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Do Black African lives matter to the NBA? Rwanda’s Kagame in Toronto

February 18, 2016

An interview with Phil Taylor by Ann Garrison

Why did the NBA All Star Game Weekend celebrate Rwanda’s president, Paul Kagame, who is known to have launched invasions that cost millions of African lives, and to brutally repress his own people?

Rwandan President Paul Kagame is fourth from left in this lineup of NBA players, managers and officials at the NBA All Star Weekend festivities in Toronto Feb. 14.

Rwandan President Paul Kagame is fourth from left in this lineup of NBA players, managers and officials during the NBA All Star Weekend.

Kagame spoke at the screening of “Giants of Africa,” a film about basketball camps in Nigeria, Kenya, Ghana and Rwanda, which are the project of Toronto Raptors Nigerian-born General Manager Masai Ujiri, meant to promote the sport and create opportunity in Africa. His appearance inspired indignation and headlines in the Toronto press. A Globe and Mail headline read, “Rwandan president Paul Kagame feted in Toronto despite controversy,” and a Toronto Star headline read, “NBA courts controversy with Rwandan president all-star appearance.”

I called CIUT-Toronto Taylor Report host Phil Taylor to ask what he thought of this and how it happened. Taylor frequently hosts the fiercest critics of Kagame’s iron-fisted rule and the false genocide narrative that he uses to stay in power.

Ann Garrison: Phil Taylor, you’ve kept the truth about Rwanda alive on the Taylor Report for nearly two decades. What do you think of the NBA hosting and celebrating Rwandan President Paul Kagame in your hometown during this week’s NBA All Star Weekend? The Toronto Star says that he’s been at a number of events attended by the city’s sporting and business elite and met more than 80 members of the Young Presidents’ Organization business group at a breakfast alongside retired Gen. Roméo Dallaire.

Phil Taylor: It seems like a bad joke on all of us. I really don’t comprehend how this happened. I think it’s terrible, and a very cynical exercise.

The NBA is very interested in developing relations with Africa to develop the sport. And my understanding is they deal with Ghana, which has an elected president and a democracy. They deal with Kenya, which has a democracy, and Nigeria, which has a democracy.

Victoire Ingabire has been in prison for nearly six years for attempting to run for president against Paul Kagame.

Victoire Ingabire has been in prison for nearly six years for attempting to run for president against Paul Kagame.

But Paul Kagame does not. There’s a woman named Victoire Ingabire; she’s been in prison for nearly six years now because she wanted to run for president against Paul Kagame.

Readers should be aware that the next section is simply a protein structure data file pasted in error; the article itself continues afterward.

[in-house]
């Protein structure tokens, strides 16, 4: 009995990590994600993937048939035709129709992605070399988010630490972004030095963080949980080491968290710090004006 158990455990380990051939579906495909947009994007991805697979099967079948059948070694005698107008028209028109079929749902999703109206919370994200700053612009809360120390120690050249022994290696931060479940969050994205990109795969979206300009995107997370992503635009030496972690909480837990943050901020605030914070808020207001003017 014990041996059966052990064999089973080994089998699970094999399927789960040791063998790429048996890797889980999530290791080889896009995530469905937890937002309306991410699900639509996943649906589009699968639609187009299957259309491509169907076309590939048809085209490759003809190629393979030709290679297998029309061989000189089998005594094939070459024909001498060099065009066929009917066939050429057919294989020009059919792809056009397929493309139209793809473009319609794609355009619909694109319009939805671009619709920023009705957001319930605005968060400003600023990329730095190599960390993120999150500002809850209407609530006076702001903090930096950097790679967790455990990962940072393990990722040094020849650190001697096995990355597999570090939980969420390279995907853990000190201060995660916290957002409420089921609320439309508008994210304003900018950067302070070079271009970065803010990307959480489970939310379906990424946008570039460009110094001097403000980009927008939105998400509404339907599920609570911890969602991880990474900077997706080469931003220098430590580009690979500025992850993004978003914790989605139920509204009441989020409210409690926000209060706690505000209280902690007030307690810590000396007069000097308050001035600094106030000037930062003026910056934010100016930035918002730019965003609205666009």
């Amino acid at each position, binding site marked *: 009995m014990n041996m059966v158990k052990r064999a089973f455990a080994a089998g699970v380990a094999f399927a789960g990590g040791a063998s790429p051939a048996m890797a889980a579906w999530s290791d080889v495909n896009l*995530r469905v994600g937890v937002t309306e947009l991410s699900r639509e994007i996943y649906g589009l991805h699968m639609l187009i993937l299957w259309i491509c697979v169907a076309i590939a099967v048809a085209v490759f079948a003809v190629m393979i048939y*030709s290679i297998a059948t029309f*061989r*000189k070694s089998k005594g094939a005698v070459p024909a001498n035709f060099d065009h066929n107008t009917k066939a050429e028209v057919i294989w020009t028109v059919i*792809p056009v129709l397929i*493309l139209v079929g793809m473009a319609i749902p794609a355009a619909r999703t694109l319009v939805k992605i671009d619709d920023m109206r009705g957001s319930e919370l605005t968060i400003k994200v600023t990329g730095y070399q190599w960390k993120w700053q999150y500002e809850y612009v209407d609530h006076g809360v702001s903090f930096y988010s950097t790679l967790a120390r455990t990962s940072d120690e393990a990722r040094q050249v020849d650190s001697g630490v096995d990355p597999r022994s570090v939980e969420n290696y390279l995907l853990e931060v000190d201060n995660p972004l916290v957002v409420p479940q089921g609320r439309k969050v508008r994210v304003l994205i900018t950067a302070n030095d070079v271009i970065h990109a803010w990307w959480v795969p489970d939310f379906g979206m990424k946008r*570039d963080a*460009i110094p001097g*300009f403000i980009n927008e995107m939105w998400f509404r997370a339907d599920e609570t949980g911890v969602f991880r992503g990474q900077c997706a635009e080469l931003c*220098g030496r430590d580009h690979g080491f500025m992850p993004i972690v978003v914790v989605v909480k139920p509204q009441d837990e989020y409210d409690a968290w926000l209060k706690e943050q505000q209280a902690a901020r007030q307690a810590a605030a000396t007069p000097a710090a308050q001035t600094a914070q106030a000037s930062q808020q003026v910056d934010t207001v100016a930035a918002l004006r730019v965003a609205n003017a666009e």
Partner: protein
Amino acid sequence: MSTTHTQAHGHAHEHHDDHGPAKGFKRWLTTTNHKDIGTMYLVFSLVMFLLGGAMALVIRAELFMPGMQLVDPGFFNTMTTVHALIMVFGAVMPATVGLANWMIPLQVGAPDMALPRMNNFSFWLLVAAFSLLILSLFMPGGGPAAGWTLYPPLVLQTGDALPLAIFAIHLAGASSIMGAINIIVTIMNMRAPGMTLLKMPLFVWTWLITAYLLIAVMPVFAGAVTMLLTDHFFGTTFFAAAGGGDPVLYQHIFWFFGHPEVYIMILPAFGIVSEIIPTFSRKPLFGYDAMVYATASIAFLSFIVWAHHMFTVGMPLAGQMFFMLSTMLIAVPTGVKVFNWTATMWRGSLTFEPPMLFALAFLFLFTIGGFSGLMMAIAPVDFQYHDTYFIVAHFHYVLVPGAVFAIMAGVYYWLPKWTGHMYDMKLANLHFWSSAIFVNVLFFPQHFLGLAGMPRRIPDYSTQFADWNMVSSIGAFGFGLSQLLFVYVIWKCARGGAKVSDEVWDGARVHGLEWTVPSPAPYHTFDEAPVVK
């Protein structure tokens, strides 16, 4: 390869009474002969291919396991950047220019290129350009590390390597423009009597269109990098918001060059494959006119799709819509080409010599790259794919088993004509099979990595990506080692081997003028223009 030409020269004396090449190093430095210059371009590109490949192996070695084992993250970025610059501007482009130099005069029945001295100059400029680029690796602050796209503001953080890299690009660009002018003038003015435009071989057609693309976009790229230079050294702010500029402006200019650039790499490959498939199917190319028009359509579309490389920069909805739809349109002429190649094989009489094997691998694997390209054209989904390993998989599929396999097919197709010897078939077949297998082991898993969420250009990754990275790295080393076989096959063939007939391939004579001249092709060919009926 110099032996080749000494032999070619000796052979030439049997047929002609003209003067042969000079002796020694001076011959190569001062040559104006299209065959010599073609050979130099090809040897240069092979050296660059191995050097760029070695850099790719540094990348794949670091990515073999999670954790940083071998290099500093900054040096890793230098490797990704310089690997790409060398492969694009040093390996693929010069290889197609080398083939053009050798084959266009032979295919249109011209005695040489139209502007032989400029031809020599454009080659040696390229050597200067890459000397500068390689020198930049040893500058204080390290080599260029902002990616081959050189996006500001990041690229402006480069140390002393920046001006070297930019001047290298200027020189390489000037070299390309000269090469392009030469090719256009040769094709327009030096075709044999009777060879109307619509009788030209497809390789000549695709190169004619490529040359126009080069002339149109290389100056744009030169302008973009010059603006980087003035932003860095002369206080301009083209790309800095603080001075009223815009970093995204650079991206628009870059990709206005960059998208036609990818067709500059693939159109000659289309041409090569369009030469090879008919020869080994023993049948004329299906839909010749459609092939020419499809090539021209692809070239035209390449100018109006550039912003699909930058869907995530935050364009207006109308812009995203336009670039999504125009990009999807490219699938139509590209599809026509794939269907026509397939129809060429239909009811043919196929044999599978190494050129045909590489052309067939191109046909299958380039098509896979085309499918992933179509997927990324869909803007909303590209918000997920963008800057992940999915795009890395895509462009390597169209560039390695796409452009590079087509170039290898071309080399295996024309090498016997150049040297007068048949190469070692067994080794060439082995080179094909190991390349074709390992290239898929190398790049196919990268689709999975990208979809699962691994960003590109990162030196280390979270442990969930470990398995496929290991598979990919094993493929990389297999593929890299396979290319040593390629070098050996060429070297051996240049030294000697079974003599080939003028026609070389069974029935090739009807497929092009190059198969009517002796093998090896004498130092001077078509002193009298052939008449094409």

I can’t believe that anybody associated with the NBA, particularly African American players, would want to do this. Some very powerful people pulled off, to my mind, a public relations stunt to bring him in. It’s embarrassing to the NBA, or it ought to be.

AG: David Himbara, Kagame’s former economic advisor, who now lives in exile there in Toronto, said that the Raptors and the NBA should apologize for this. Do you agree?

PT: Yes, I think we’re all owed some kind of explanation because Kagame’s record is well known, so whoever brought him here really had no respect for the population of Toronto or Canada, and certainly for those who are victims of Paul Kagame. I would not expect there’ll be an apology, but I’ll bet there are a lot of questions going around about how this happened.

AG: In this article in the Tor Star, the Toronto Star, it sounds like the NBA is a bit embarrassed. It says their spokesman “declined to comment” on whether or not President Kagame would be in the bleachers at the game.

PT: I watched to see if the camera found him anywhere, but, so far as I could tell, it did not, so we’ll probably never know whether he was there or not after the bad press he caused the NBA. But we always want to remember that Kagame is the MVP of America in Africa.

Obama and previous presidents, particularly Bill Clinton, have embraced him. And while they are sometimes critical, the money keeps flowing in, and Mr. Himbara, who also lives in this city of course, is the one who has pointed out that Rwanda is totally dependent on money from the U.S. and its Western allies.

AG: It’s  not clear that the movement slogan “Black Lives Matter” has meaning outside the context of police brutality in the U.S., but if it did have meaning in Africa, the movement would seem to have a major issue with the NBA about this.

PT: Oh, absolutely. You know, the word genocide comes up so often in connection with Kagame, in a way that makes him out to be a hero, but he is an invader of countries. He invaded Rwanda in 1990, he invaded Congo, the DRC, in 1996 and now he talks about invading Burundi, another of Rwanda’s neighbors.

And in the case of Congo, lives were lost in the millions. So, it doesn’t compute that he receives any respect here in Toronto, or from the NBA.

Oakland writer Ann Garrison writes for the San Francisco Bay View, Black Agenda Report, Black Star News, Counterpunch and her own website, Ann Garrison, and produces for AfrobeatRadio on WBAI-NYC, KPFA Evening News, KPFA Flashpoints and for her own YouTube Channel, AnnieGetYourGang. She can be reached at anniegarrison@gmail.com. In March 2014 she was awarded the Victoire Ingabire Umuhoza Democracy and Peace Prize for promoting peace in the Great Lakes Region of Africa through her reporting.

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